Sabbathkeeping: For “Weak” Believers? Third, if as generally
presumed, it was the “weak” believer who observed the Sabbath, Paul would
classify himself with the “weak” since he observed the Sabbath and other
Jewish feasts (Acts 18:4, 19; 17:1, 10, 17; 20:16). Paul, however, views
himself as “strong” (“we who are strong”—15:1); thus, he could hardly have
been thinking of Sabbathkeeping when he speaks of the preference over days.

Support for this conclusion is provided also by Paul’s advice: “Let every
one be fully convinced in his own mind” (14:5). It is difficult to see how Paul
could reduce the observance of holy days such as the Sabbath, Passover, and
Pentecost to a matter of personal conviction, without ever explaining the
reasons for it. This is all the more surprising since he labors at great length
to explain why circumcision was not binding upon the Gentiles.

If Paul had taught his Gentile converts to regard Sabbathkeeping as a
personal matter, Jewish Christians would readily have attacked his temerity
in setting aside the Sabbath law, as they did regarding circumcision (Acts
21:21). The fact that there is no hint of any such controversy in the New
Testament indicates that Paul never discouraged Sabbathkeeping or encour-
aged Sundaykeeping instead.17

Fast Days. The preference over days in Romans presumably had to do
with fast-days rather than feast-days, since the context deals with abstinence
from meat and wine (Rom 14:2, 6, 21). Support for this view is provided by
the Didache (ch. 8) which enjoins Christians to fast on Wednesday and Friday
rather than on Monday and Thursday like the Jews.

Paul refuses to deliberate on such private matters such as fasting, because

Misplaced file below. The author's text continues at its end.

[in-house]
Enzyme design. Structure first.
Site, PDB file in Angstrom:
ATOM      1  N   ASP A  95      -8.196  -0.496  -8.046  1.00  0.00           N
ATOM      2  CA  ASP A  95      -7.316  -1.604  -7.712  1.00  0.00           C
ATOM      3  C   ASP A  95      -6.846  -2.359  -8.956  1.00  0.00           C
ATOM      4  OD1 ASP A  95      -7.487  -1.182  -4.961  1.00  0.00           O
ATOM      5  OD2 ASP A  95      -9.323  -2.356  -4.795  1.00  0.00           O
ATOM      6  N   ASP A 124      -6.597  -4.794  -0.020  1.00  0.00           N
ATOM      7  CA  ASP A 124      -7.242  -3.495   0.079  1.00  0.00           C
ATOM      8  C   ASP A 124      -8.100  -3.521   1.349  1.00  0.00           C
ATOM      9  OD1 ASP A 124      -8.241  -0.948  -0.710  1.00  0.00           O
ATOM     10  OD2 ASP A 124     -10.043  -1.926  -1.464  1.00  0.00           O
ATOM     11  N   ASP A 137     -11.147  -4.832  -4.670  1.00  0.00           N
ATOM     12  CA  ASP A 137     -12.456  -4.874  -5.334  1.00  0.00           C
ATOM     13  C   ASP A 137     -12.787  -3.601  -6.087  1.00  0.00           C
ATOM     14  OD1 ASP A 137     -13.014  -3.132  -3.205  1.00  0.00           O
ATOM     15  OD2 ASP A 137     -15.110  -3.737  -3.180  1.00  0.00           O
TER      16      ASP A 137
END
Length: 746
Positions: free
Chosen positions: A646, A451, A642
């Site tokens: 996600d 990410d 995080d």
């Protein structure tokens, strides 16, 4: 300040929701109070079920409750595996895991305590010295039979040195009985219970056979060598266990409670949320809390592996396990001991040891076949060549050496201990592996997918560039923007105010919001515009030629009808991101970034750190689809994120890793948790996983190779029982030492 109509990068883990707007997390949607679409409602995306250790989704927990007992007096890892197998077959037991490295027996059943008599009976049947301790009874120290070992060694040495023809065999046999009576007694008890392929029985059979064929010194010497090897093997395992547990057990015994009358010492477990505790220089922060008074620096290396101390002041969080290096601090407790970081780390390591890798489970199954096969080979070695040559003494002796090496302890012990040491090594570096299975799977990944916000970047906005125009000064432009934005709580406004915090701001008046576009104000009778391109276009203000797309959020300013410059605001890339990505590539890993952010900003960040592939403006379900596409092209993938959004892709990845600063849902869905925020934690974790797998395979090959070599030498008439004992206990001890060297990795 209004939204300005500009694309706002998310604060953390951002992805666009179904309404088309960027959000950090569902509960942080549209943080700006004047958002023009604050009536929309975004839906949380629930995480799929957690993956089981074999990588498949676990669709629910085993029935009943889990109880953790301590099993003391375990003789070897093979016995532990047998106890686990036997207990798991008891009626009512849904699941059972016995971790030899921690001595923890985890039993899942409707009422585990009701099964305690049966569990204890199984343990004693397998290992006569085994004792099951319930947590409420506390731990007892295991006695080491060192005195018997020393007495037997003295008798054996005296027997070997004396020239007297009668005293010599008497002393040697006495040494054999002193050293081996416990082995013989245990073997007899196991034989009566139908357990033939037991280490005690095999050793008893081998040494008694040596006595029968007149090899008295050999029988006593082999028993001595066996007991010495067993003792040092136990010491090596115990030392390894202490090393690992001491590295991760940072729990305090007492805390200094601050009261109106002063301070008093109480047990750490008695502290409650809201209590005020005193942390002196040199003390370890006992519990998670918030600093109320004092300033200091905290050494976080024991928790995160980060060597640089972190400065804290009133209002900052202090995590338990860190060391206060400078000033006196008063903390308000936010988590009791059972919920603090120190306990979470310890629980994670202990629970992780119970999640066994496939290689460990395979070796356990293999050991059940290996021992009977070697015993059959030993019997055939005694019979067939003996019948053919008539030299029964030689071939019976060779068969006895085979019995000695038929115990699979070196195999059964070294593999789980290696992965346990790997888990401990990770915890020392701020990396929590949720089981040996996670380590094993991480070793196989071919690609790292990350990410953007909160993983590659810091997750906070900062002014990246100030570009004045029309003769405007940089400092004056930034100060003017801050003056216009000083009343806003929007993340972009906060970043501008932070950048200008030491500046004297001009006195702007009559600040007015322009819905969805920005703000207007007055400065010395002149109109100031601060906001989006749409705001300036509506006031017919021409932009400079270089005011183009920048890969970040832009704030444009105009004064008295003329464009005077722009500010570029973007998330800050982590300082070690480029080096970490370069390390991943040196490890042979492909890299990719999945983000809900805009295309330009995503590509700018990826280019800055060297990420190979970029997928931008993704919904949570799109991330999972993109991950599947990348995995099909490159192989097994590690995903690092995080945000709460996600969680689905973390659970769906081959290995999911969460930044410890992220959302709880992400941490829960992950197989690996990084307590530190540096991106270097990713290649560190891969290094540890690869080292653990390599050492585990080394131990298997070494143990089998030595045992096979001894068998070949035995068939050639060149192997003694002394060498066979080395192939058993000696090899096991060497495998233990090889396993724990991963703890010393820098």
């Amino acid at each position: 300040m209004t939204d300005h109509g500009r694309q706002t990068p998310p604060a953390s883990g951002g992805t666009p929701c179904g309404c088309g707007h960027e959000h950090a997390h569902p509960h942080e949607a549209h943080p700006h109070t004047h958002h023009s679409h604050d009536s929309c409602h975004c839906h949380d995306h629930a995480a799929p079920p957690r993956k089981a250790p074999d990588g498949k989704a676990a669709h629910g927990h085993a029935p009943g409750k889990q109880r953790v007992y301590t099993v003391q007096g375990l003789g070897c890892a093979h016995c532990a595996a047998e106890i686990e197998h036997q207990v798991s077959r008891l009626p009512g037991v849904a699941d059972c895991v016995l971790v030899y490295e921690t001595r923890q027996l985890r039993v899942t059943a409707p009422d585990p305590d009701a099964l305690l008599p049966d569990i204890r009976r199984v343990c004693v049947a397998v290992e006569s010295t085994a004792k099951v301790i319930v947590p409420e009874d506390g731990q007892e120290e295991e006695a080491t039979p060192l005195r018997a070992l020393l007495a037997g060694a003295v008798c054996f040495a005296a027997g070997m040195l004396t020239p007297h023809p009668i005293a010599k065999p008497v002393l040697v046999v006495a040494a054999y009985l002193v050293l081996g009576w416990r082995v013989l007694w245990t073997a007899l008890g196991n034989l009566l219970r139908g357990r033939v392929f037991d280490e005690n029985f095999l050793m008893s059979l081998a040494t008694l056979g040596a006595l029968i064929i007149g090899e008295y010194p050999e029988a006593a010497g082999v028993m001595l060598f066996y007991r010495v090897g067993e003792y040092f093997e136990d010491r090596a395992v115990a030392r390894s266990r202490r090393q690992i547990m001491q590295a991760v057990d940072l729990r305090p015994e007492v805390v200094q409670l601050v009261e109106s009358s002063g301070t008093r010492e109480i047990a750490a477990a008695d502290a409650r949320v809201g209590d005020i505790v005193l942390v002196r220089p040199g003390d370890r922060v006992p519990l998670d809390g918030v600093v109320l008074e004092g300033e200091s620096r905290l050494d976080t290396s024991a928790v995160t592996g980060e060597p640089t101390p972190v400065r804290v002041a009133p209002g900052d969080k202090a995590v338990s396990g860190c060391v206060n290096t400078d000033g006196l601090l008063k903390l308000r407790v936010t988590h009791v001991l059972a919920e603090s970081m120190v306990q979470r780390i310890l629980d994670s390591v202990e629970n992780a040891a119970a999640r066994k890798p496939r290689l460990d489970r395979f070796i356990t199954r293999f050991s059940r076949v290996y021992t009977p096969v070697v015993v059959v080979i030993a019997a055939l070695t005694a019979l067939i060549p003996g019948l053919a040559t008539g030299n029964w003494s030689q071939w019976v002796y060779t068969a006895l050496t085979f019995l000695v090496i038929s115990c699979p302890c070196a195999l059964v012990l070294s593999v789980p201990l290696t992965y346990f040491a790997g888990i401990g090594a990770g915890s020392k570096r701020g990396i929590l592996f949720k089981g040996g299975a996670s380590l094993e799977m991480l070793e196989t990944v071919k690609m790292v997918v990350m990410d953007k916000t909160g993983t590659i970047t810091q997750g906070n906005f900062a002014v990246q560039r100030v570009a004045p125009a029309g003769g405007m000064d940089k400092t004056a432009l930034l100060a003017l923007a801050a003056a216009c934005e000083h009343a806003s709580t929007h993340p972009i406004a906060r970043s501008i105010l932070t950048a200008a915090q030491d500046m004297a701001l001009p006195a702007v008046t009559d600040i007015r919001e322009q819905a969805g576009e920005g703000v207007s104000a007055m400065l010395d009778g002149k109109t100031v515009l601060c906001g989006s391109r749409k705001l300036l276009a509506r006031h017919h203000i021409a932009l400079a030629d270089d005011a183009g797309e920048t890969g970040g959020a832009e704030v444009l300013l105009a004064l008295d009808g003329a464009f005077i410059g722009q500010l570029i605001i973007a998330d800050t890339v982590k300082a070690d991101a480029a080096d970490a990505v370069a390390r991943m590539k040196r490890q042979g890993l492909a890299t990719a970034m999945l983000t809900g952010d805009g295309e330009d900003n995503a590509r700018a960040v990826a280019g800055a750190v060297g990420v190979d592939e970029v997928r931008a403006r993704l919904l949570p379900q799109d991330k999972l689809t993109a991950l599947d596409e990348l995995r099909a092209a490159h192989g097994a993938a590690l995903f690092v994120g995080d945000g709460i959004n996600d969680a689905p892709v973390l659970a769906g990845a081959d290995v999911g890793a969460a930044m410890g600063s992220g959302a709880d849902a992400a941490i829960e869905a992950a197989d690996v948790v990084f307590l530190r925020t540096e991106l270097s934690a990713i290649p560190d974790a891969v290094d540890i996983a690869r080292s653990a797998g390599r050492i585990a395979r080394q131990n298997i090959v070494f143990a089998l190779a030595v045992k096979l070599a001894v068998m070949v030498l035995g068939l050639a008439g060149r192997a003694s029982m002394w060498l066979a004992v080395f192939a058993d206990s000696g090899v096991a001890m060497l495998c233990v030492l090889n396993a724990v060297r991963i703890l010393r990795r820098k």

he recognizes that spiritual exercises can be performed in different ways by
different people. The important thing for Paul is to “pursue what makes for
peace and for mutual upbuilding” (Rom 14:19).

No Hint of Conflict. If the conflict in the Roman Church had been over
the observance of holy days, the problem would have been even more
manifest than the one over diet. After all, eating habits are a private matter,
but Sabbathkeeping is a public, religious exercise of the whole community.
Any disagreement on the latter would have been not only noticeable but also

The fact that Paul devotes 21 verses to the discussion of food and less
than two verses (Rom 14:5-6) to that of days suggests that the latter was a very

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Paul and the Sabbath


limited problem for the Roman Church, presumably because it had to do with
private conviction on the merit or demerit of doing certain spiritual exercises
such as fasting on some specific days.

In the Roman world there was a superstitious belief that certain days were
more favorable than others for undertaking some specific projects. The
Fathers frequently rebuked Christians for adopting such a superstitious

It is possible that Paul alludes to this kind of problem, which at
his time, however, was still too small to deserve much attention. In the light
of the above consideration, we conclude that it is hardly probable that the
Sabbath is included in the “days” of Romans 14:5.